Sulfur deficiency

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Characteristics and occurrence

Sulfur (S) deficiency may not be recognised easily in the field, as the symptoms are not obvious except in severely deficient plants. However, recent soil fertility studies have shown that sweetpotato production may be frequently limited by low sulfur supply. Deficiencies have been documented on ultisols from the Papua New Guinea Highlands, andesitic volcanic ash soils in Tonga and coralline soils from coastal Papua New Guinea.

On the other hand, it appears that sweetpotato may be more tolerant of low sulfur than are a number of other crops. Sulfur deficiency is much more frequently reported in legume, cereal and tree crops than in sweetpotato. On low-sulfur soils of the North Guadalcanal Plains in the Solomon Islands, it was noted that, although a number of pasture grass, legume and tree species responded to sulfur fertiliser, sweetpotato did not.

Sulfur (dissolved as sulfate) is readily leached from the soil, and weathered soils in high rainfall areas frequently have a low sulfur status. Burning of vegetation results in gaseous losses of sulfur (as SO2) from the farming system. Regular high levels of phosphorus application may displace sulfur from the soil matrix and contribute to sulfur depletion. In areas close to industrial or volcanic activity, rain will take sulfur from the air and may provide sufficient sulfur to maintain crop production. Sea spray may also be a significant source of sulfur in coastal areas, but sulfur deficiency has been reported even on small islands.


Sulfur deficiency results in a uniform pale green chlorosis throughout the plant. Veins do not retain a green colour, and in many cases, they may be even paler than the interveinal tissue. In cultivars in which young leaves are normally green (ie. lacking red pigmentation), the youngest leaves may appear pale earlier or more severely than mature leaves. This is not obvious in cultivars with red or purple tips.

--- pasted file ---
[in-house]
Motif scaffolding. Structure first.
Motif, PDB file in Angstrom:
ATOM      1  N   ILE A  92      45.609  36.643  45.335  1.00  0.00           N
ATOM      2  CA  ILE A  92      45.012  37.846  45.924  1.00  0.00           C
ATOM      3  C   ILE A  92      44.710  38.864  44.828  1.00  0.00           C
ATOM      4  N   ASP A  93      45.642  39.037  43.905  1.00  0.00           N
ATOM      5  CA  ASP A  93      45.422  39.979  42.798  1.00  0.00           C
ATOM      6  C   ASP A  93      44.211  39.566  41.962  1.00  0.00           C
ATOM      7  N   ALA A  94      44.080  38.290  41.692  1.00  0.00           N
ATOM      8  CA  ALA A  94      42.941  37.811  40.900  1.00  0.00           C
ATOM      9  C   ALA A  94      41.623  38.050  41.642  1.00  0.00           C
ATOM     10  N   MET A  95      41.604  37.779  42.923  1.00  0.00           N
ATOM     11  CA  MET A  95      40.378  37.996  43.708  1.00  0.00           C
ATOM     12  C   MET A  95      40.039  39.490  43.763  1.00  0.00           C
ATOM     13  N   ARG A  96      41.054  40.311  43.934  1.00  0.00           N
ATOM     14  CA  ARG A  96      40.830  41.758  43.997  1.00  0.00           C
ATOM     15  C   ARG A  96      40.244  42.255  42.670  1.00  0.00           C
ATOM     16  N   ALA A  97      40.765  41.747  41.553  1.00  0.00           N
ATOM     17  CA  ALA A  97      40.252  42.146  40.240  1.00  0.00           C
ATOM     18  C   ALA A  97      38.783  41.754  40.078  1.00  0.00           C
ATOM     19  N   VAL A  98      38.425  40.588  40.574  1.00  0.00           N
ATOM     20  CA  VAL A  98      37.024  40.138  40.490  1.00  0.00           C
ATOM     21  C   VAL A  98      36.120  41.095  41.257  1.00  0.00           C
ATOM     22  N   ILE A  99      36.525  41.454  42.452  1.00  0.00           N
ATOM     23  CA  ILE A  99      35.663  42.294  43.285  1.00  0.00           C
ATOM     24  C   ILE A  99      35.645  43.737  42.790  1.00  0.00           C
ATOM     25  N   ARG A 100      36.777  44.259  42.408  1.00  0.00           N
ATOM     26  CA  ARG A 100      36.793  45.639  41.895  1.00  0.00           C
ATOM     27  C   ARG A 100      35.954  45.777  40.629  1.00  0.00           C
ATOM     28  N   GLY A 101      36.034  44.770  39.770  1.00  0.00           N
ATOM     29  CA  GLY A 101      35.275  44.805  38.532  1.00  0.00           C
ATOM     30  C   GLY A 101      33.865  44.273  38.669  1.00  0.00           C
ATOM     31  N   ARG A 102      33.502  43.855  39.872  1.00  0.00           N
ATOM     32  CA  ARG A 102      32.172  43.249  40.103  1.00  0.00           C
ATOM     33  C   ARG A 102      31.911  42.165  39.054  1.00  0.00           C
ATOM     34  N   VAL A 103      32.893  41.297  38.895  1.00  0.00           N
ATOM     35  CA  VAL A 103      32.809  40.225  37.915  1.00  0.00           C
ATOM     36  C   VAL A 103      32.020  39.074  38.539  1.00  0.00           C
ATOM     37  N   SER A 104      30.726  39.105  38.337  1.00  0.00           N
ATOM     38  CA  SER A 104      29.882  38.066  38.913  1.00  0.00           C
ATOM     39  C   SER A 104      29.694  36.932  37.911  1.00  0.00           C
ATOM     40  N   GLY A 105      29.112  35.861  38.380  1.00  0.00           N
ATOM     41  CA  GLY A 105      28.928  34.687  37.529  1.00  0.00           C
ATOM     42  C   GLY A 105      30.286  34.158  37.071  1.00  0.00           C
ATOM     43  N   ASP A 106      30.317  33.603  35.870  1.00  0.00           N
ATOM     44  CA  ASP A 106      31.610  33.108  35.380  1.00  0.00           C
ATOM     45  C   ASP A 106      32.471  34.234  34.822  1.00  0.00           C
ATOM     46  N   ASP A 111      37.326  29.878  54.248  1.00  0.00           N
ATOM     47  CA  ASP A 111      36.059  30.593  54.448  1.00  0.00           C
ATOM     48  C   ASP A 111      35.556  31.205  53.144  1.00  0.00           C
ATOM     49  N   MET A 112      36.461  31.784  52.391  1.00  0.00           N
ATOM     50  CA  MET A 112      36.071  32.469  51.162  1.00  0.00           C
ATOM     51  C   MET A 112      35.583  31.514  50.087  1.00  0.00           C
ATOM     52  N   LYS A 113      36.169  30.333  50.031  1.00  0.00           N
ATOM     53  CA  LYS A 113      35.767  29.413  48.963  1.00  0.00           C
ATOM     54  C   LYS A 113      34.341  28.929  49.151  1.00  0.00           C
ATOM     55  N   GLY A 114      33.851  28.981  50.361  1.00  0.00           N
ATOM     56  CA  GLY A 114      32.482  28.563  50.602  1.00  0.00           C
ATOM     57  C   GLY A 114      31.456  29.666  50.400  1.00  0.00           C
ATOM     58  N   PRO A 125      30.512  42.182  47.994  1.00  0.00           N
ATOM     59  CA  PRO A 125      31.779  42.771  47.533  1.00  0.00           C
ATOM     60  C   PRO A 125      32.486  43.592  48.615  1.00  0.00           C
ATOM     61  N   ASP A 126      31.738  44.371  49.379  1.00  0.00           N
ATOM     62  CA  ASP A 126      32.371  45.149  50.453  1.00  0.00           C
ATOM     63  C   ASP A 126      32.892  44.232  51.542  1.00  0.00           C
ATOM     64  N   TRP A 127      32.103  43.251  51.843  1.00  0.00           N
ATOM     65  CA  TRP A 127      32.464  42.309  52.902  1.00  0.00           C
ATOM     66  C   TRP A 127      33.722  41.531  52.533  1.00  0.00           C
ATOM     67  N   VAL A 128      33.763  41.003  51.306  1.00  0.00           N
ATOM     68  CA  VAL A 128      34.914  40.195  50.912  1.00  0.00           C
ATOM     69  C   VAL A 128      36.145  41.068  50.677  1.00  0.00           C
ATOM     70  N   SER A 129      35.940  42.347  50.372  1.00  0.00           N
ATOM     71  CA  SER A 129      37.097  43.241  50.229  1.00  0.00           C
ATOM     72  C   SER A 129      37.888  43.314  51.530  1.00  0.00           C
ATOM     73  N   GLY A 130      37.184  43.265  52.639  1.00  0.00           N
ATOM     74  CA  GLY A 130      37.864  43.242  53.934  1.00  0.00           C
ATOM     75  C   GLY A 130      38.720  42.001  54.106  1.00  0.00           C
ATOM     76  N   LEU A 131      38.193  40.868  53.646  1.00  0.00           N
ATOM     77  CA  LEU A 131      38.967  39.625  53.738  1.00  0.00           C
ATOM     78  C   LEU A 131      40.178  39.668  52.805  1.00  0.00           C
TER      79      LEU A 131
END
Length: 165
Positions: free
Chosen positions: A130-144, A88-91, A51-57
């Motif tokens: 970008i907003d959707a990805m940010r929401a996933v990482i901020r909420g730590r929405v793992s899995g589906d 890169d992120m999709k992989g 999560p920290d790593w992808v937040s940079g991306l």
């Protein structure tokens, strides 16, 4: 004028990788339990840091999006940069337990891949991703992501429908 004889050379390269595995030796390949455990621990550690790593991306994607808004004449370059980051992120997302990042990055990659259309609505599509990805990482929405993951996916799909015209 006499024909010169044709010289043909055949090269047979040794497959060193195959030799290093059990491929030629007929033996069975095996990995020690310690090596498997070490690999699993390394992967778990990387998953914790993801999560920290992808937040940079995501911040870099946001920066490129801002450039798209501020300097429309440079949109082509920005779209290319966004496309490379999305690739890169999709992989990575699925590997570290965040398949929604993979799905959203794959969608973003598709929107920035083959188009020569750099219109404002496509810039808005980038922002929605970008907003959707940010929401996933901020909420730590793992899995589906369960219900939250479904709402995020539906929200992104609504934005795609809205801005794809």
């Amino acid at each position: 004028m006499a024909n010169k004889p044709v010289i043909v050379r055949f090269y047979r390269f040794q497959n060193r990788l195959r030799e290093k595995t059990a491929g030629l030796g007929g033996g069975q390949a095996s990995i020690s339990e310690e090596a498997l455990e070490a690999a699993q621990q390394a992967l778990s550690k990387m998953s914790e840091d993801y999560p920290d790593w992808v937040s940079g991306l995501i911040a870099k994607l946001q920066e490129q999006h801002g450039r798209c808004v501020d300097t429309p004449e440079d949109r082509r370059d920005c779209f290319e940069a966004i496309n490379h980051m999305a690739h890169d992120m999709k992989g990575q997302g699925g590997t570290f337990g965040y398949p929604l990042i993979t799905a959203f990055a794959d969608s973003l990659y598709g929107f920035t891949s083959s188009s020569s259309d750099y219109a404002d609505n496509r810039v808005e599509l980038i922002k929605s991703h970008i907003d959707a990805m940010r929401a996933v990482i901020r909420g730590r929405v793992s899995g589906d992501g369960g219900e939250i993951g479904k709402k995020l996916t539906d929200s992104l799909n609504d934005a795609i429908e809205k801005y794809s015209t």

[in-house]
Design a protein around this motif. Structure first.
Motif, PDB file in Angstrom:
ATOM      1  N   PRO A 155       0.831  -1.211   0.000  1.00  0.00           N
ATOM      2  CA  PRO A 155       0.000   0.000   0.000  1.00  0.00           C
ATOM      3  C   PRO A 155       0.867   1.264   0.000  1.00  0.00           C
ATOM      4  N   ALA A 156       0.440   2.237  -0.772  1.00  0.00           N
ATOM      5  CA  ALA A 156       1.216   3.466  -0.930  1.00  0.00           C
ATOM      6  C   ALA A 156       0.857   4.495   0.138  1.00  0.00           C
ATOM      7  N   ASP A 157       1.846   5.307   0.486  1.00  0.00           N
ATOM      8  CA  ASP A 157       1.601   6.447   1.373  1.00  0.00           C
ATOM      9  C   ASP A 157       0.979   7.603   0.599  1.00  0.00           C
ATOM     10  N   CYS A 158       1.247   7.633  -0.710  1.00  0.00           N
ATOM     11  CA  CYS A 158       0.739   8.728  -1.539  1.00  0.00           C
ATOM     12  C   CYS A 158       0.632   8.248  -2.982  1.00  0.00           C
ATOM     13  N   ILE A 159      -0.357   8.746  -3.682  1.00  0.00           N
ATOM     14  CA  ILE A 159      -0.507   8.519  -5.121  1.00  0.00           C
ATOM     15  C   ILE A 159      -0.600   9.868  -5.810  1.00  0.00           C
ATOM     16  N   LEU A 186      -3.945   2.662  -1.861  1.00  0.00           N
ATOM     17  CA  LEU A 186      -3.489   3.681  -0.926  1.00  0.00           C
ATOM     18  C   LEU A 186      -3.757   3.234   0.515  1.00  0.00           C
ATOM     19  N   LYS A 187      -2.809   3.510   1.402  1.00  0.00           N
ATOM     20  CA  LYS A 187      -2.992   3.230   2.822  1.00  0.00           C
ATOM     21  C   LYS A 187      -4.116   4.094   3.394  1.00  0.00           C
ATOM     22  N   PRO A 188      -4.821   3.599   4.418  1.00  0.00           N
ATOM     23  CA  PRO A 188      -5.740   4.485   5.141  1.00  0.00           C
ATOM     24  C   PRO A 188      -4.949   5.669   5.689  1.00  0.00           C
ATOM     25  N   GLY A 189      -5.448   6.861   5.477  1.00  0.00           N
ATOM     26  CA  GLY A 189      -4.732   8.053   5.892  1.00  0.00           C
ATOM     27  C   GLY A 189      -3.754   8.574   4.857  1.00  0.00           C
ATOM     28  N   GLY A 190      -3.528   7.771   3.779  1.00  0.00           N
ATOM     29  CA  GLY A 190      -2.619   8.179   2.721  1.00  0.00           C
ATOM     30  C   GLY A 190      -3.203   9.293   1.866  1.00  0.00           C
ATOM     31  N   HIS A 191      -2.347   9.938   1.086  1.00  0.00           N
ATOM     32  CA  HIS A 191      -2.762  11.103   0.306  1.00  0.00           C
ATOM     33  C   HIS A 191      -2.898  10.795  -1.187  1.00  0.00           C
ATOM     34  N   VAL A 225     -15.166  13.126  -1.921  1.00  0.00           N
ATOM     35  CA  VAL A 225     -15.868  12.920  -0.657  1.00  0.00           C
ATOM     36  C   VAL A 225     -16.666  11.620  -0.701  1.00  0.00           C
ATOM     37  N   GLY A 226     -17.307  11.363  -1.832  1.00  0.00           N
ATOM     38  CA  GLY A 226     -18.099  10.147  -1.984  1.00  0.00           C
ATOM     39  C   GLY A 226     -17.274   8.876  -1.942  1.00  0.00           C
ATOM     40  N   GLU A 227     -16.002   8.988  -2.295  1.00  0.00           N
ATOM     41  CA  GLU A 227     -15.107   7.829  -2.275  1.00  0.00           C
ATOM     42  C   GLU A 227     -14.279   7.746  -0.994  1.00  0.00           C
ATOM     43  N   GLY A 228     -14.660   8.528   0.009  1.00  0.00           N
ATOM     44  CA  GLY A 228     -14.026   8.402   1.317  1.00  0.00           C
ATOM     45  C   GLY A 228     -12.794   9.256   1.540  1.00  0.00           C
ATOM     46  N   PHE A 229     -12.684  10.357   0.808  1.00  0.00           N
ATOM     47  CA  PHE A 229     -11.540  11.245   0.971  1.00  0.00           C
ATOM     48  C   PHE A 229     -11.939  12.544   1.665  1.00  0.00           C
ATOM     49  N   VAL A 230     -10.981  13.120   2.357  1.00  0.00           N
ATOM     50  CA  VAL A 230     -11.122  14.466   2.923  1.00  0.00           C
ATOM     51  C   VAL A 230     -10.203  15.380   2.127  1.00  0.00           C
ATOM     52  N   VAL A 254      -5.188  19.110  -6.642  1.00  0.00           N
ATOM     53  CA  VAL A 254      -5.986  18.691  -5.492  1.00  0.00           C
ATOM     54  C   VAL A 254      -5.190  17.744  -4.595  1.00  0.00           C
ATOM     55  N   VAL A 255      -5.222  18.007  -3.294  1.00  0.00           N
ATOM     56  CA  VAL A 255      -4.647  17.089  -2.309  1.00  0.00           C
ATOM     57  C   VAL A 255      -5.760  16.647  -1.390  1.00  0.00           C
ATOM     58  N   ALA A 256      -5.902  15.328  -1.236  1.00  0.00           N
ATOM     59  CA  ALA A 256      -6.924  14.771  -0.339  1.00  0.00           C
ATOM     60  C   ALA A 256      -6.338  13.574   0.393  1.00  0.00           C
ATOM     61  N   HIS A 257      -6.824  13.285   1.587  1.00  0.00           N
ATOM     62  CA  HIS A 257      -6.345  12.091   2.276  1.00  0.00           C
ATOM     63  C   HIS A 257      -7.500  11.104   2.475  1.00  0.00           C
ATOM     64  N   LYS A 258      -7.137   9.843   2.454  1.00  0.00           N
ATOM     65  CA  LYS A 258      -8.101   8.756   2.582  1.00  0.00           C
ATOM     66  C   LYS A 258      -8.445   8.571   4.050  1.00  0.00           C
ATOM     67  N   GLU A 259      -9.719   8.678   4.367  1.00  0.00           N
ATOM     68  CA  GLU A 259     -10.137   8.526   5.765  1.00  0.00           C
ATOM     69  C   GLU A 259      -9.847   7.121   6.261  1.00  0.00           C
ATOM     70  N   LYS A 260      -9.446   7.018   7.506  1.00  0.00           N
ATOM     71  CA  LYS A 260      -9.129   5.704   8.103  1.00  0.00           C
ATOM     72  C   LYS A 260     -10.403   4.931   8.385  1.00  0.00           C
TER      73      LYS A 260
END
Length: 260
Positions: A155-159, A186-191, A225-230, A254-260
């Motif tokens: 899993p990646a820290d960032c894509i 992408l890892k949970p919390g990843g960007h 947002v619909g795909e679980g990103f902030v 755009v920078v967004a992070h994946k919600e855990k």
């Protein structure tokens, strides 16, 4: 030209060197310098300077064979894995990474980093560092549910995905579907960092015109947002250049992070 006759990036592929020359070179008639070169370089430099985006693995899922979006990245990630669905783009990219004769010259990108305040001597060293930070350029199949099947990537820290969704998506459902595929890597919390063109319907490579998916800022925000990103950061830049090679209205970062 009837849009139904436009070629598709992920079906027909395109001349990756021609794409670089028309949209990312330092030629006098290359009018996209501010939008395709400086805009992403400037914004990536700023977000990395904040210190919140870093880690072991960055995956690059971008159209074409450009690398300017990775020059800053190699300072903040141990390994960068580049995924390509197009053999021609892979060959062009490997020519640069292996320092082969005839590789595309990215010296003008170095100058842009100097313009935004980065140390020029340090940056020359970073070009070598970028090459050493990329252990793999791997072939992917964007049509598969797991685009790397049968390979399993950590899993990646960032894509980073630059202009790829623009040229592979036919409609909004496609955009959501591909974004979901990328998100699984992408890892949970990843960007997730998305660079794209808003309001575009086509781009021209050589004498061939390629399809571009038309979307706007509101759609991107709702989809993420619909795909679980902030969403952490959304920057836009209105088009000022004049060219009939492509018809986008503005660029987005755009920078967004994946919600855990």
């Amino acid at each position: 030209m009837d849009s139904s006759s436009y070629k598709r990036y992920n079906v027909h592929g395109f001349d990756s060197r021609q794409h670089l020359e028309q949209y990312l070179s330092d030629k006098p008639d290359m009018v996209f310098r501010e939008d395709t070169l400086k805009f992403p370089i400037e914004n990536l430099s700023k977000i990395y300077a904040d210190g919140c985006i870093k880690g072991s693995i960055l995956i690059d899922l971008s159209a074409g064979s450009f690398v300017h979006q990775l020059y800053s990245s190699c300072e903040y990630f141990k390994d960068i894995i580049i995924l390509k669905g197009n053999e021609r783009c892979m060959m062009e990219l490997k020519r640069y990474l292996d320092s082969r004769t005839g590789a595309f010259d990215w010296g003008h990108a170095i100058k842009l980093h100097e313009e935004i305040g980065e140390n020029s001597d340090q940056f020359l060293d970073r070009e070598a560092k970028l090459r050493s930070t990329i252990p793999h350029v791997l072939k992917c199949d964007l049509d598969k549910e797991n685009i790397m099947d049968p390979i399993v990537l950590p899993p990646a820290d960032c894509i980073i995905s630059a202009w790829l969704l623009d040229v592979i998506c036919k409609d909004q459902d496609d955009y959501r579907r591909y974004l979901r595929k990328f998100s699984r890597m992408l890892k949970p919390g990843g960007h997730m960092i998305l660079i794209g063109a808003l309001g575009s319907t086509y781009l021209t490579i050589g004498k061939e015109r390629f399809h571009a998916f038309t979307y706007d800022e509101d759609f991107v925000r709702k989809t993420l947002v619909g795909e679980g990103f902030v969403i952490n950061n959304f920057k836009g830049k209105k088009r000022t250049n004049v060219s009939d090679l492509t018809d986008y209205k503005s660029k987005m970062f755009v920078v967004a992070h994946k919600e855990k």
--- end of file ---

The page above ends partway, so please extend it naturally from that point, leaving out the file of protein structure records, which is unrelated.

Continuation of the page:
A considerable reduction in growth may be suffered without the appearance of any visible symptoms. Clear symptoms are associated with severe stunting, accompanied by reduced leaf size, and reduced activity of axillary buds, resulting in less branching.

Purple or red-brown pigmentation may develop on both young and old leaves. In cultivars with normally green shoot tips, the petiole and margins of young leaves may become red, and this may extend in a mottled pattern over interveinal areas of the upper leaf surface. A similar pattern is seen on the oldest leaves, although it is often confined to the tips of lobes rather than extending around the entire margin. Leaves of intermediate age generally lack purple pigmentation. In plants which normally have purple-pigmented shoot tips, pigment is lost in the normal manner as leaves mature (in contrast with nitrogen deficiency).

Possible confusion with other symptoms

The general growth reduction and yellowing of the whole plant closely resemble the symptoms of nitrogen deficiency. A useful distinguishing character is the red pigmentation of veins of young leaves in nitrogen-deficient plants, but no pigmentation on the oldest leaves. While sulfur deficiency may increase pigmentation of young leaf margins and petiole, a strong veinal pattern is not typical, and the oldest leaves are usually also pigmented.

When no purple pigmentation is present, the problem may be solved using fertiliser test strips. Two fertilisers, sulfate of ammonium (a fertiliser containing both sulfur and nitrogen), and urea (which contains only nitrogen) are applied to one row each of sweetpotato plants, with an untreated row between. After a week or two, if plants green up with sulfate of ammonium, but not with urea, it is likely that they were suffering from sulfur deficiency; if both treatments are equally effective, the problem is probably nitrogen deficiency.

Diagnostic soil and plant tissue tests

A critical concentration of 0.34% S in the 7th to 9th youngest leaf blades was estimated in solution culture studies using the cv. Wanmun. In healthy plants, concentrations were generally between 0.35 and 0.45% S.